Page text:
I missed posting about a painter last Friday, being busy with updates and such. So, I thought I'd post today.
The last "Passed" painter was Audubon who moved his family west to open a store and eventually painted the wildlife of the area. Today's post is about another group of adventurers.
In 1869, The Hudson River School was founded. They first painted landscapes near the Hudson River at first, then moved to the Catskill Mts, then eventually traveled west and even in South America.
Thomas Cole (1801-1848) was the founder of this group of artists. He moved with his family to America from England when he was small. His father owned a wallpaper factory, and Thomas learned many drawing techniques while growing up there. As an adult his art was realistic. Landscapes of the Hudson Valley were some of his favorite to paint. (His "Notch of the White Mountains" is on the upper right.)
Another member of the group was Albert Bierstadt. He was born in Germany, and his family came to America and settled in Massachusetts. His interest in art began when he worked with a landscape photographer. Albert left the work and traveled to Europe to study painting. When he returned he began painting landscapes with the group, in particular the untamed West. His paintings were so grand (in size and application) they made people want come out West and see it for themselves. (His "Mountain of the Mist" is on the right.)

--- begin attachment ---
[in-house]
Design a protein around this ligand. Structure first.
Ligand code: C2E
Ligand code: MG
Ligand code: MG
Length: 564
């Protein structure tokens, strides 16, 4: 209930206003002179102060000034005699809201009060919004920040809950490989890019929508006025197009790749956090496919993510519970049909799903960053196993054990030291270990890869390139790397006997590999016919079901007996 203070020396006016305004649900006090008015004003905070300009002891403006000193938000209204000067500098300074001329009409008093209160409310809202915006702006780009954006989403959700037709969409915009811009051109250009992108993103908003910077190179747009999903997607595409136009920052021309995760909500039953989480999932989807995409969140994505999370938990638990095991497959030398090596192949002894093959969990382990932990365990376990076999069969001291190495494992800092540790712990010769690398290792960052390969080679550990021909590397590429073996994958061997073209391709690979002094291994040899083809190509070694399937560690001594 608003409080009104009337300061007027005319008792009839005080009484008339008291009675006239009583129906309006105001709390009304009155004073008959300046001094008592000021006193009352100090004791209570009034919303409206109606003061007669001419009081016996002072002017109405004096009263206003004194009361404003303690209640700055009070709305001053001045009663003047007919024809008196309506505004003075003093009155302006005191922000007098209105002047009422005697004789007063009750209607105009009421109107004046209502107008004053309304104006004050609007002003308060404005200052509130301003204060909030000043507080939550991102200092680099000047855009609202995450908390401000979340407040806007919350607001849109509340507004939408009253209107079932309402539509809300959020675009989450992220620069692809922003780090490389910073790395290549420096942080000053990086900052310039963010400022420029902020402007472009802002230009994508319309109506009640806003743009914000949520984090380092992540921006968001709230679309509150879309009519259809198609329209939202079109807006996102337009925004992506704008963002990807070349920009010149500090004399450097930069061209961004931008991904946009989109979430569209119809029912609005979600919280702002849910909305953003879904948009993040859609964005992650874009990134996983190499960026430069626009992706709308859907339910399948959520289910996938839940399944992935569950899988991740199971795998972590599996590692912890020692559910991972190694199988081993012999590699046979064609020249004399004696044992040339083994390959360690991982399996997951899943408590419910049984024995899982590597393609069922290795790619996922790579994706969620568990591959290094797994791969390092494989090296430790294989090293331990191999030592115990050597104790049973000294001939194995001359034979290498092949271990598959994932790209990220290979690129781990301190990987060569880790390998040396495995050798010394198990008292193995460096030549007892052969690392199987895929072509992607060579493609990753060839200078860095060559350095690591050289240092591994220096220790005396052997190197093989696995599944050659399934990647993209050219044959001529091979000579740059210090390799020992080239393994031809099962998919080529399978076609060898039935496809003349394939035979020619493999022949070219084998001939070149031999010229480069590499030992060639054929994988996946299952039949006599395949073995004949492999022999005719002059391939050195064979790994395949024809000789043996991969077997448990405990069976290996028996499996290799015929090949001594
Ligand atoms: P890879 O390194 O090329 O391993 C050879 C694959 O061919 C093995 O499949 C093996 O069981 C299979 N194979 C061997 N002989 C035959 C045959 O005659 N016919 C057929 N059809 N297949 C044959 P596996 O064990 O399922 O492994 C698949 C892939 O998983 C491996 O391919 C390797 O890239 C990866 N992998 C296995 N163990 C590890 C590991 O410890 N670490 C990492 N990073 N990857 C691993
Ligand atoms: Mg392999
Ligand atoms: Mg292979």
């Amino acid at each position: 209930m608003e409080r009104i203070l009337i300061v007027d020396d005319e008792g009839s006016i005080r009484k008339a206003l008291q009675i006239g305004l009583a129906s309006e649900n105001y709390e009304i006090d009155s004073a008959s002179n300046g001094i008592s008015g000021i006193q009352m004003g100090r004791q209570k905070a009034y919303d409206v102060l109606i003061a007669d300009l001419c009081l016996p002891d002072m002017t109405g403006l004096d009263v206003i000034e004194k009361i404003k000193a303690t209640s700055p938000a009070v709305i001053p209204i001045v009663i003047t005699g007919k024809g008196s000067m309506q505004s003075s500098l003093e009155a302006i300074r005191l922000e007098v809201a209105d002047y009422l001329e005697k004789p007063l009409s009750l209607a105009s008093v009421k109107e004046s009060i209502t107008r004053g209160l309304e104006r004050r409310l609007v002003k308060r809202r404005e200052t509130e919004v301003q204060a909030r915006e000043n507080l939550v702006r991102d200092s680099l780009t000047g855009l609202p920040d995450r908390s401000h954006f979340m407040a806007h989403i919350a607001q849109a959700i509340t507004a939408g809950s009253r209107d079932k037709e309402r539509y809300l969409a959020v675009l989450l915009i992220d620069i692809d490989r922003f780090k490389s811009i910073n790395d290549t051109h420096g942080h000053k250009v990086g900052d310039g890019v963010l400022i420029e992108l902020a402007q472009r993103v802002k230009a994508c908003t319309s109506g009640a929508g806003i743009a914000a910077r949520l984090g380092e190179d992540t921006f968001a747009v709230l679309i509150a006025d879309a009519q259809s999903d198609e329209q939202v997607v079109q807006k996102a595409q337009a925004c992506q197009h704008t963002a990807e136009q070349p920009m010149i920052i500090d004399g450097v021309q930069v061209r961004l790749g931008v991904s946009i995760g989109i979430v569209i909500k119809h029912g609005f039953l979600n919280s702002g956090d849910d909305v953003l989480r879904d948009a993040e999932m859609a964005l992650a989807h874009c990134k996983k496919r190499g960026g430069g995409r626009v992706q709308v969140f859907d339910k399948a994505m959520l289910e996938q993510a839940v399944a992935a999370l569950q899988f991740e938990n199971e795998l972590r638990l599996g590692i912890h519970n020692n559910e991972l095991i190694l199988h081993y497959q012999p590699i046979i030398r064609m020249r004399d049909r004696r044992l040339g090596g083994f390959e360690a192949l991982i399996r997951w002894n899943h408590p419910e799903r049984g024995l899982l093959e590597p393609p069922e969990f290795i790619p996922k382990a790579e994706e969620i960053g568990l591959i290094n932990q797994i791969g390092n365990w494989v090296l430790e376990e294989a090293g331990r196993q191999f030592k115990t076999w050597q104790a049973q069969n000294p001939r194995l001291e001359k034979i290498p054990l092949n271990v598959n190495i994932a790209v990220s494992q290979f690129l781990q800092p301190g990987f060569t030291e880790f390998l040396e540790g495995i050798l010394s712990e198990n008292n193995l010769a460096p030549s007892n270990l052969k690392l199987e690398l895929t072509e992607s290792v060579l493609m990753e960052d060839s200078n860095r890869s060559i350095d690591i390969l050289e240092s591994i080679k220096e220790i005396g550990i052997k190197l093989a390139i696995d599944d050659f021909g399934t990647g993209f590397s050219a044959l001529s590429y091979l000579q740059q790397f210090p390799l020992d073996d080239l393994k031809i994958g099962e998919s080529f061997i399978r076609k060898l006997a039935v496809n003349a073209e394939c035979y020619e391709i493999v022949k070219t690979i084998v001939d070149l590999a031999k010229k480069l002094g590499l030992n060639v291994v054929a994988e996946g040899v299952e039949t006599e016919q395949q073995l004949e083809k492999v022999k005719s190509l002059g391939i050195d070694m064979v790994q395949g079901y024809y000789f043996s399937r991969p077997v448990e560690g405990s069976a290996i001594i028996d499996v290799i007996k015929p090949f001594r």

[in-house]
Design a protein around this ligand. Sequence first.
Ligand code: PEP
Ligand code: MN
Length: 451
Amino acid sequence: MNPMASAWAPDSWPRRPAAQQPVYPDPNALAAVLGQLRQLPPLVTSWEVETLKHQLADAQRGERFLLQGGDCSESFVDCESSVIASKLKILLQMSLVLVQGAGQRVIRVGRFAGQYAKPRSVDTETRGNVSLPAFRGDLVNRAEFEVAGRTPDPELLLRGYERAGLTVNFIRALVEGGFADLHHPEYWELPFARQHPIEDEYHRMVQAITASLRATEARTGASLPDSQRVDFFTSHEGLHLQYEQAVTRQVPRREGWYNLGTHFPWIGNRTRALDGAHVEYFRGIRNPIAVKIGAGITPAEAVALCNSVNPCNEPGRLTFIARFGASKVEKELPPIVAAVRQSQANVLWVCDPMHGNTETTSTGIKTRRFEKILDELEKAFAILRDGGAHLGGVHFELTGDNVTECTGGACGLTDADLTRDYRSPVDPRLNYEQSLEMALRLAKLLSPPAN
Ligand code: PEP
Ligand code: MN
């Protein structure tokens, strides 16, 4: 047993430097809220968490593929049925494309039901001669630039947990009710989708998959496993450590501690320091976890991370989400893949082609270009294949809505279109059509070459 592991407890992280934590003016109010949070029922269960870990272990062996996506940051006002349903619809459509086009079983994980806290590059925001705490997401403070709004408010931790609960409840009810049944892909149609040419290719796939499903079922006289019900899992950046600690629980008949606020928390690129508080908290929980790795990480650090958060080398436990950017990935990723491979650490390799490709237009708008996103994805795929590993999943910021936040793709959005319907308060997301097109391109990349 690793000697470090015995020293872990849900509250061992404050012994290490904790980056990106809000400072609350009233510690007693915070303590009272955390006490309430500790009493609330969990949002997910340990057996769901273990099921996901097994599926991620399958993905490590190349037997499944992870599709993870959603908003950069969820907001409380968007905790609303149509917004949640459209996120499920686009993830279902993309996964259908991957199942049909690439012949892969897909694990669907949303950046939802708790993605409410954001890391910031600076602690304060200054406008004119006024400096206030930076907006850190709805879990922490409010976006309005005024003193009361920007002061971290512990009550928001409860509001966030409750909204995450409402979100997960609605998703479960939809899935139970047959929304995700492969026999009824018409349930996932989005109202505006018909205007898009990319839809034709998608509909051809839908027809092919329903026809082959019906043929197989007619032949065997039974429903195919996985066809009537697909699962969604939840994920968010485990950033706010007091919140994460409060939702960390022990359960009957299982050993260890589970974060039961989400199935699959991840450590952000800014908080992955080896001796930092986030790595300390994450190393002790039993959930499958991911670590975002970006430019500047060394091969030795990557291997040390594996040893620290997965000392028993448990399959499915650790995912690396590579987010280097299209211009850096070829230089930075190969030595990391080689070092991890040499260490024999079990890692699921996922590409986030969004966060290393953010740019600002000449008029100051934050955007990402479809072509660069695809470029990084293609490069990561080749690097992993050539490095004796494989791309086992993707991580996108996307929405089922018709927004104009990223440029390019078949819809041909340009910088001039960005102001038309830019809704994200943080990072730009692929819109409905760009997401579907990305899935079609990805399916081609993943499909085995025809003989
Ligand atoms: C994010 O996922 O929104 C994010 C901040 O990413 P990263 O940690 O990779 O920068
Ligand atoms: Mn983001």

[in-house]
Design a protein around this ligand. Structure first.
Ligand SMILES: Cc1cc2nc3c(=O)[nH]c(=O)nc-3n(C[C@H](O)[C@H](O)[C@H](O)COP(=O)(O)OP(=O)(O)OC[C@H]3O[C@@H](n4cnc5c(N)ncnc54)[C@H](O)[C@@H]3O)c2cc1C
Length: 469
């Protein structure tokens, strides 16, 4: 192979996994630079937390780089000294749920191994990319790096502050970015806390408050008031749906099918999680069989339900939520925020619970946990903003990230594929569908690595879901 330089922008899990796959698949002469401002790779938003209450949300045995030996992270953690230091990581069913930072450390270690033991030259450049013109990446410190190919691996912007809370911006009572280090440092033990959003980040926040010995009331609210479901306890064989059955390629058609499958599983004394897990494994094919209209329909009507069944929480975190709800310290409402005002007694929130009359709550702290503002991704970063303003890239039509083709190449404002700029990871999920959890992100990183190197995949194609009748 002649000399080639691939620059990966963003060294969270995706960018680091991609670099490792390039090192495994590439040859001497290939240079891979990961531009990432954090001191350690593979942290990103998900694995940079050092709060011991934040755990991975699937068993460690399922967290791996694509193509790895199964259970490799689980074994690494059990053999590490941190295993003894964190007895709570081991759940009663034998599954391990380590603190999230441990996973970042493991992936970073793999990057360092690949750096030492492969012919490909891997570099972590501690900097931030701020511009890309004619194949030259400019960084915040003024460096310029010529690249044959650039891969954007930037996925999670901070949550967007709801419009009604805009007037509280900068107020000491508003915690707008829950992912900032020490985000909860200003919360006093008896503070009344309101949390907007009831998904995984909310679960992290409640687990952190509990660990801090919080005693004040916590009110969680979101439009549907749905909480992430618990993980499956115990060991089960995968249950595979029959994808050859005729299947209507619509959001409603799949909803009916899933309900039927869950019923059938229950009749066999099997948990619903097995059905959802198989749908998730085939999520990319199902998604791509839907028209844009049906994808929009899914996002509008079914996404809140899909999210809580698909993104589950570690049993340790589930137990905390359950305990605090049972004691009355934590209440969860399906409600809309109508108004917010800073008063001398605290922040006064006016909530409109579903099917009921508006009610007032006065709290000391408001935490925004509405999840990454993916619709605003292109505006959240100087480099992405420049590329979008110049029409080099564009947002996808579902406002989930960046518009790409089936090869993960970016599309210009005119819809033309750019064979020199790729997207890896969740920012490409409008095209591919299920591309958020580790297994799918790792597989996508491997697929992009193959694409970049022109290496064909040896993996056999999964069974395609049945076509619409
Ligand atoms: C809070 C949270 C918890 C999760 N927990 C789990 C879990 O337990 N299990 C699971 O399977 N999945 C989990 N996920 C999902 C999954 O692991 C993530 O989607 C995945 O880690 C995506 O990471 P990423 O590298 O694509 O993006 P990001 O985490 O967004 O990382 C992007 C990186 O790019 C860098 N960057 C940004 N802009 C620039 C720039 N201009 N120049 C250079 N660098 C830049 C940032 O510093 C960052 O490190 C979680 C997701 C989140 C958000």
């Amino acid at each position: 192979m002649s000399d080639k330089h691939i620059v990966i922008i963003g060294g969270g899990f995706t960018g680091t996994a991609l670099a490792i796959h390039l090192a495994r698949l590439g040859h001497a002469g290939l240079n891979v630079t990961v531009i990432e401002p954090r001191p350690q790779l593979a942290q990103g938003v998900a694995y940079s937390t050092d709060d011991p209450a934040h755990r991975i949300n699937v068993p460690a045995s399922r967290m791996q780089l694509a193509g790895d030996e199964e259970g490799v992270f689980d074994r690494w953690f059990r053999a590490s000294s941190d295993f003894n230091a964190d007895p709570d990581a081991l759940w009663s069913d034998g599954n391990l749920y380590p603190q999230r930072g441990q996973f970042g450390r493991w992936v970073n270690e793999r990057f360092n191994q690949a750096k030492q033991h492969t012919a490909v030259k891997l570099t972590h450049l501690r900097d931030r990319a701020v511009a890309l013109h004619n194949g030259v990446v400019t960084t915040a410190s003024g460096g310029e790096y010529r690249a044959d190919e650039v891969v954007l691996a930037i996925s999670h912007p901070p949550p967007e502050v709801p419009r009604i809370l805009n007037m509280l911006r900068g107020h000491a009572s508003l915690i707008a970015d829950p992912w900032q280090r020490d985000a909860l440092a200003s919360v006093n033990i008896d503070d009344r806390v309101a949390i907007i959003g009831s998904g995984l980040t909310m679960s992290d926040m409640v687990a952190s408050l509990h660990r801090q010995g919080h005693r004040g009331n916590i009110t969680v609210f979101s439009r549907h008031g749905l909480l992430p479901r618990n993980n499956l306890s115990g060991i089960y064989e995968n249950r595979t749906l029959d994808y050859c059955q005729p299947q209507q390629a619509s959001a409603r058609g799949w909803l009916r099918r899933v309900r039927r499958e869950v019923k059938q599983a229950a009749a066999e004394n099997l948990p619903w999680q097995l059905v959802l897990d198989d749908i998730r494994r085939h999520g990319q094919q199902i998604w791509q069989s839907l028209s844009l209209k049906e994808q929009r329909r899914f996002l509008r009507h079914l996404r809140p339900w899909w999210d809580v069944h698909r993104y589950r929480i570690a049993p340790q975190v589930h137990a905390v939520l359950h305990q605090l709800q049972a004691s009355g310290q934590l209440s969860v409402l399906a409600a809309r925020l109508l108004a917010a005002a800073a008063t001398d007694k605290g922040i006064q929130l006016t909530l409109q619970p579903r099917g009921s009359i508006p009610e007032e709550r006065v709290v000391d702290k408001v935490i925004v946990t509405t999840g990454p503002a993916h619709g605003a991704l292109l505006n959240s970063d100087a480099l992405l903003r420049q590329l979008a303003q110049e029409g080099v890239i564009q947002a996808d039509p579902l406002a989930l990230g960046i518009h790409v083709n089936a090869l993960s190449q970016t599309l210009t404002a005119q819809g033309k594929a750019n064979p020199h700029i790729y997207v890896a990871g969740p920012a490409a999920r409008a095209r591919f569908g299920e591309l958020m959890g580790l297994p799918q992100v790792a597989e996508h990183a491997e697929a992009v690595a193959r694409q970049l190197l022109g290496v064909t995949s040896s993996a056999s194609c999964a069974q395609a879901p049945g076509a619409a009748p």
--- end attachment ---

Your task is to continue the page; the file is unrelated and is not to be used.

Frederic Church was another member. He was a student of Thomas Cole's and lived and worked in his New York studio, taking trips to sketch and draw landscapes throughout the year.
(His "Scene on Catskill Creek" is on the left.)
The Hudson Valley Painters were the first painters to capture the wildernesses of America and because of the wonderful paintings by this talented group, many saw places in America for the first time.
References: My son's Art curriculum and Artcyclopedia for the paintings.